Twoism is an EP released by Boards of Canada on their own Music70 record label in 1995. It was a self-financed cassette and record distributed privately. Major public releases would not happen until 1996's Hi Scores EP on Skam Records. This album was, however, the work which got them noticed by Skam Records. In 2002, this EP was reissued on vinyl and CD by Warp Records. There are differences between "Sixtyniner" on this EP and other releases. (Boards of Canada have often re-released early songs on later, more popular releases, sometimes with changes.) Before Twoism was re-pressed years later, it was a highly sought-after item, being pressed only about 100 times. It would often be exchanged from one person to the next for around £800 (US$1500) Twoism is the only widely-available Boards of Canada release with early third member Chris Horne, who was credited (as Chris H.) on the original release. However, his name was omitted on the 2002 Warp re-released version at his own request. According to credits from Canadian Musical Reproduction Rights Agency he only co-wrote "Melissa Juice". The channels are reversed on the CD reissue compared to the original vinyl EP. This can also be noted on the tracks "Seeya Later" and "Smokes Quantity", which have the channels reversed compared to their appearances on Hi Scores and Music Has the Right to Children respectively. "Smokes Quantity" includes the hidden track "1986 Summer Fire" at the end. Read more on Last.fm.
Music Has the Right to Children is the first studio release by Boards of Canada and their first with Warp Records, who would be home to their later releases. The album was met with critical acclaim, being hailed as a modern classic and labelled as a “thing of wonder” - “the aural equivalent of old Super 8 movies.” Marcus Eoin, in an interview done coinciding the albums release says “a lot of it is trying to capture a nostalgic feeling buried somewhere in our minds. We are nostalgic people trying to get back moments from our pasts.” He goes on to argue that “music for commercials, documentary soundtracks and children's TV themes: the spaces in between the music you're supposed to listen to. That's where our interest lies. These melodies might only last a second at the end of a TV programme but they are quietly more important to the public psyche than most pop music.” Read more on Last.fm.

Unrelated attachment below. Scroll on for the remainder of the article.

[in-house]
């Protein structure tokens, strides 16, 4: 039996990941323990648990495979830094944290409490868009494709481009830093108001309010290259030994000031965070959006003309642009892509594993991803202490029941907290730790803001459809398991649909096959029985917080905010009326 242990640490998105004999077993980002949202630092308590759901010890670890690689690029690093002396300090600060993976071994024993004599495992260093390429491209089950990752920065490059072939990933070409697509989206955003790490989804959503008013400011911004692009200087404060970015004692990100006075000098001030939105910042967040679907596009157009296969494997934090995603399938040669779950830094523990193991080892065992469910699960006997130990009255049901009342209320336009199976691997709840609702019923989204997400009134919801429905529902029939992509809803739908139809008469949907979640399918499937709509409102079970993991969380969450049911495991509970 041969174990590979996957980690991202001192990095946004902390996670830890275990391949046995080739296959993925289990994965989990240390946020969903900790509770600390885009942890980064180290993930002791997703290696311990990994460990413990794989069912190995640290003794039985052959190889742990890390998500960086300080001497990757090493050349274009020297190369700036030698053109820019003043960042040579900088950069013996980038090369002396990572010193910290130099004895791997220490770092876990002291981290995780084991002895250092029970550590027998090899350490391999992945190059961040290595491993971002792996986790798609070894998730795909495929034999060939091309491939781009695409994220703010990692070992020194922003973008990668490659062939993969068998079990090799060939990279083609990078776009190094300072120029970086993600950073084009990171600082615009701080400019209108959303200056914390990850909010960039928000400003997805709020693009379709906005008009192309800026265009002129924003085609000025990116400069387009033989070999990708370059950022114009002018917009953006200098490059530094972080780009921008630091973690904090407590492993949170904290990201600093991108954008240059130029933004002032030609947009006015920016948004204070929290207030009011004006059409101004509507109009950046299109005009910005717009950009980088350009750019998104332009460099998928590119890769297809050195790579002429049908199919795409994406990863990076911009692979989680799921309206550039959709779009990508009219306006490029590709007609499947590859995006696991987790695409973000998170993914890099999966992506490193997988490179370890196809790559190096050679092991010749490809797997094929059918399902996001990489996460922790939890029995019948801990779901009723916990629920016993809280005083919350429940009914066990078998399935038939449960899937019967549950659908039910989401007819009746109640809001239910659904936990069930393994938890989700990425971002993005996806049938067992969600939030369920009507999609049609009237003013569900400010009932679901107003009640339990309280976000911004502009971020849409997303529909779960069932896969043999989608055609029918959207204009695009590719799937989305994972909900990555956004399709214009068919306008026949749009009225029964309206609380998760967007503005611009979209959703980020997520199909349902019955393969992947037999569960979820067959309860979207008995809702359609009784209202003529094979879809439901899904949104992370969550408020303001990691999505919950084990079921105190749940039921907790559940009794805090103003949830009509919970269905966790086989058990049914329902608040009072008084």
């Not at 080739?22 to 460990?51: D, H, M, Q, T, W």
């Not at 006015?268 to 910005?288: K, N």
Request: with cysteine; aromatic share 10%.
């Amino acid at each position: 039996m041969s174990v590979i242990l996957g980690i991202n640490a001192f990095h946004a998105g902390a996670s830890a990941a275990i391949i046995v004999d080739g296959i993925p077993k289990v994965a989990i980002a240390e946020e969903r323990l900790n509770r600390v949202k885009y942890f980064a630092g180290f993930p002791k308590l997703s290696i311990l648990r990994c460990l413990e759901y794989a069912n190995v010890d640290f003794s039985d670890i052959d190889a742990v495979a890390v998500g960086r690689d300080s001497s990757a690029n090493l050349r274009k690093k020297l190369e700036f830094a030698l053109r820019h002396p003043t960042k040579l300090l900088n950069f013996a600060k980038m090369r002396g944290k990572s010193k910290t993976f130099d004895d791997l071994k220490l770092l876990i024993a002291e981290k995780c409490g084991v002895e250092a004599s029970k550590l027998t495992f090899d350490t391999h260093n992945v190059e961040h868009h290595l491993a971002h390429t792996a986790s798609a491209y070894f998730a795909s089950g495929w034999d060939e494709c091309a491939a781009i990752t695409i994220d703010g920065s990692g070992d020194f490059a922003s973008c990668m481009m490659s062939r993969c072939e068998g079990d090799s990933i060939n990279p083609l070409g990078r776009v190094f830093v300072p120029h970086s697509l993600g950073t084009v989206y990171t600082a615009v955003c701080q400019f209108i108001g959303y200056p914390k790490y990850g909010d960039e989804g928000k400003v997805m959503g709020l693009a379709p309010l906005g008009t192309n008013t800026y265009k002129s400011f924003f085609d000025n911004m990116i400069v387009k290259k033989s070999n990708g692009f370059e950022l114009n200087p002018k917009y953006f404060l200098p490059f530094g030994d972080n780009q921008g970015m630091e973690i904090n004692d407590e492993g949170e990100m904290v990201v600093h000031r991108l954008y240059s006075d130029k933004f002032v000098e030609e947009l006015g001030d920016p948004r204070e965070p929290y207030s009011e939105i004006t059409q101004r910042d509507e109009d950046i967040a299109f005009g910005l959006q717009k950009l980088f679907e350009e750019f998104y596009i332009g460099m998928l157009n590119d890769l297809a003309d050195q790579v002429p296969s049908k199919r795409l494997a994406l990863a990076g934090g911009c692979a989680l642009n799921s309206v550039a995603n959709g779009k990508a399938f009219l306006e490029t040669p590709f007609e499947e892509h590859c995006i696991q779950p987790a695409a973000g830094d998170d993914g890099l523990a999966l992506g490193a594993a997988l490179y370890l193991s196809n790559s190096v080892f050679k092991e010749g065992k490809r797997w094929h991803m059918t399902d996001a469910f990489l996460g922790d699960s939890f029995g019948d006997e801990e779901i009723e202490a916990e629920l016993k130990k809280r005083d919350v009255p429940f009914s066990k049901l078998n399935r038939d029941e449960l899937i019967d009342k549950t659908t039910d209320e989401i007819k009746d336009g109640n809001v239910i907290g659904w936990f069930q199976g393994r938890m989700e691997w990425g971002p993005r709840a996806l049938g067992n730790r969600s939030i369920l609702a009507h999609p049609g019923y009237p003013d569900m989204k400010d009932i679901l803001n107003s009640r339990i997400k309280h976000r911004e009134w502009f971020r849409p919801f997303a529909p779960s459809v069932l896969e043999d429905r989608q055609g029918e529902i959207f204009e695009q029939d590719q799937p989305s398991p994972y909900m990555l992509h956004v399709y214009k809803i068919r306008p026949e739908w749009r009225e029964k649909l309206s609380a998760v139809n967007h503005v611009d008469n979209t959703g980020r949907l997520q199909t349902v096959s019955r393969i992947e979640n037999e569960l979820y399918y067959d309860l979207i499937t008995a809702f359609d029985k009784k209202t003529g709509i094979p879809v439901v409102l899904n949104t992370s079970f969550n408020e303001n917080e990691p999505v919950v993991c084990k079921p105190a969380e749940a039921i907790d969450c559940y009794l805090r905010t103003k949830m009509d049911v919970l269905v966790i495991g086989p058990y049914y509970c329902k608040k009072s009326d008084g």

In a Beautiful Place out in the Country is an EP by Boards of Canada. Encompassing four tracks culled from the same recording sessions from which Boards of Canada would later produce Geogaddi, the EP tends to favor a darker, more pastoral, and even elegiac atmosphere than its predecessor Music Has the Right to Children. Although musically the EP is no great stylistic departure for the group, In a Beautiful Place out in the Country does represent a significant change in tone and subject matter. Of particular note are the references in the music and album art reflecting an interest by the brothers in the history of David Koresh’s millennialist sect, the Branch Davidians. The picture, found directly beneath the disc on the CD release of the EP, is thought by some to have been cropped from a picture of David Koresh. Read more on Last.fm.
Geogaddi is the second album released by Boards of Canada, presenting a darker sound than its predecessor filled with references to numerology, Branch Davidianism and the Bible. Backmasking was also used in the album, leading to accusations of subliminal messaging. The album was well received as a “very accomplished album packed with great music,” cementing their status as “an individual voice in electronic music.” Michael Sandison has described the album as "a record for some sort of trial-by-fire, a claustrophobic, twisting journey that takes you into some pretty dark experiences before you reach the open air again. It has a kind of narrative." Read more on Last.fm.
The Campfire Headphase is the third full-length album by Boards of Canada, the release makes use of lo-fi acoustics and reduces the focus on synthesization featured on previous records – “a deliberate thing” in response to “people saying that we're a formulaic band that you could kind of describe in a couple of sentences.” Michael Sandison, one of the two member of the band says about the album: “we were picturing this character losing his mind at the campfire and compressing weeks of events into a few hours, in that time-stretching way that acid fucks with your perception.” Read more on Last.fm.
Tomorrow's Harvest is the fourth studio album from the Scottish electronic music duo Boards of Canada. The album was released on 5 June 2013 in Japan, 10 June 2013 in Europe and 11 June in North America, via Warp Records worldwide. Read more on Last.fm.